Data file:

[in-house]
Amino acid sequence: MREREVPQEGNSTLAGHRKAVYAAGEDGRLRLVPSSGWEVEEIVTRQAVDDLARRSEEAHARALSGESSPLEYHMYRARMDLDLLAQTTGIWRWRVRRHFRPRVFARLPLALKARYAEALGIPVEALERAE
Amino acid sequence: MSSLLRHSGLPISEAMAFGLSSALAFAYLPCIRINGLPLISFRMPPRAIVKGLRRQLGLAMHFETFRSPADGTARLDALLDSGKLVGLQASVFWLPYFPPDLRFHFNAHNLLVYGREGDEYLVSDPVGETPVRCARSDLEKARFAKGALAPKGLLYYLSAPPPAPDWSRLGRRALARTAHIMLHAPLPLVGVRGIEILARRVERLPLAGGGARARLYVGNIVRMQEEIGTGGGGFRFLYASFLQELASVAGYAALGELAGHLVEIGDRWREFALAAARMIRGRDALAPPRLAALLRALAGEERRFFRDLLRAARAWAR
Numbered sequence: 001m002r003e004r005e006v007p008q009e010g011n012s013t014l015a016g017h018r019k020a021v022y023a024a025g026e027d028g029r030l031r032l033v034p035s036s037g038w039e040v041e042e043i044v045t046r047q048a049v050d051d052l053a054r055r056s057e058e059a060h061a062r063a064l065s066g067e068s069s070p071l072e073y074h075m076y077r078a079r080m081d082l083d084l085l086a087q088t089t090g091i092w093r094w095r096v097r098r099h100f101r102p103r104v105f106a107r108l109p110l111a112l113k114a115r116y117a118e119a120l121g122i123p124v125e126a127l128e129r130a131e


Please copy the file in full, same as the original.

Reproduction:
[in-house]
Amino acid sequence: MREREVPQEGNSTLAGHRKAVYAAGEDGRLRLVPSSGWEVEEIVTRQAVDDLARRSEEAHARALSGESSPLEYHMYRARMDLDLLAQTTGIWRWRVRRHFRPRVFARLPLALKARYAEALGIPVEALERAE
Amino acid sequence: MSSLLRHSGLPISEAMAFGLSSALAFAYLPCIRINGLPLISFRMPPRAIVKGLRRQLGLAMHFETFRSPADGTARLDALLDSGKLVGLQASVFWLPYFPPDLRFHFNAHNLLVYGREGDEYLVSDPVGETPVRCARSDLEKARFAKGALAPKGLLYYLSAPPPAPDWSRLGRRALARTAHIMLHAPLPLVGVRGIEILARRVERLPLAGGGARARLYVGNIVRMQEEIGTGGGGFRFLYASFLQELASVAGYAALGELAGHLVEIGDRWREFALAAARMIRGRDALAPPRLAALLRALAGEERRFFRDLLRAARAWAR
Numbered sequence: 001m002r003e004r005e006v007p008q009e010g011n012s013t014l015a016g017h018r019k020a021v022y023a024a025g026e027d028g029r030l031r032l033v034p035s036s037g038w039e040v041e042e043i044v045t046r047q048a049v050d051d052l053a054r055r056s057e058e059a060h061a062r063a064l065s066g067e068s069s070p071l072e073y074h075m076y077r078a079r080m081d082l083d084l085l086a087q088t089t090g091i092w093r094w095r096v097r098r099h100f101r102p103r104v105f106a107r108l109p110l111a112l113k114a115r116y117a118e119a120l121g122i123p124v125e126a127l128e129r130a131e